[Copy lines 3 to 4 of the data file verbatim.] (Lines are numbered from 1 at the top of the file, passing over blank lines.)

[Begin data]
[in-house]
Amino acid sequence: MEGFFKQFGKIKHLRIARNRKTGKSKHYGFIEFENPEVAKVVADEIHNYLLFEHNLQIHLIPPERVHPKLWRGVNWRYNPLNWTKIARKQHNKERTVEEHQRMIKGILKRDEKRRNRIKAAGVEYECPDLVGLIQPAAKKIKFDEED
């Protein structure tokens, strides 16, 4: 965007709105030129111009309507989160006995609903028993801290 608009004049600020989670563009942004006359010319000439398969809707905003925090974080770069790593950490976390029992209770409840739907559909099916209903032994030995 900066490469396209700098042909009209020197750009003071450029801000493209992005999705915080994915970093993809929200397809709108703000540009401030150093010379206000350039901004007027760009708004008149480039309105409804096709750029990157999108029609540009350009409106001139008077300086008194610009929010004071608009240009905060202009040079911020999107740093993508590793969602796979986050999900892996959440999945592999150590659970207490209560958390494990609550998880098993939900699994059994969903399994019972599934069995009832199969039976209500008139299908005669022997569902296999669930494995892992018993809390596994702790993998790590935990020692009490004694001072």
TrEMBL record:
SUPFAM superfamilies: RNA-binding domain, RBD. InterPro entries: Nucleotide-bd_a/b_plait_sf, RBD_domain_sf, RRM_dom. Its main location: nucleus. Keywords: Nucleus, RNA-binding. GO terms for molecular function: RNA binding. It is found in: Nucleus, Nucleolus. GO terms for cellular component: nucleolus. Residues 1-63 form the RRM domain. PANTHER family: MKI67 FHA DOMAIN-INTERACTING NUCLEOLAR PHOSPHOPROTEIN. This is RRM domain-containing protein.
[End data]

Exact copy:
């Protein structure tokens, strides 16, 4: 965007709105030129111009309507989160006995609903028993801290 608009004049600020989670563009942004006359010319000439398969809707905003925090974080770069790593950490976390029992209770409840739907559909099916209903032994030995 900066490469396209700098042909009209020197750009003071450029801000493209992005999705915080994915970093993809929200397809709108703000540009401030150093010379206000350039901004007027760009708004008149480039309105409804096709750029990157999108029609540009350009409106001139008077300086008194610009929010004071608009240009905060202009040079911020999107740093993508590793969602796979986050999900892996959440999945592999150590659970207490209560958390494990609550998880098993939900699994059994969903399994019972599934069995009832199969039976209500008139299908005669022997569902296999669930494995892992018993809390596994702790993998790590935990020692009490004694001072």
TrEMBL record: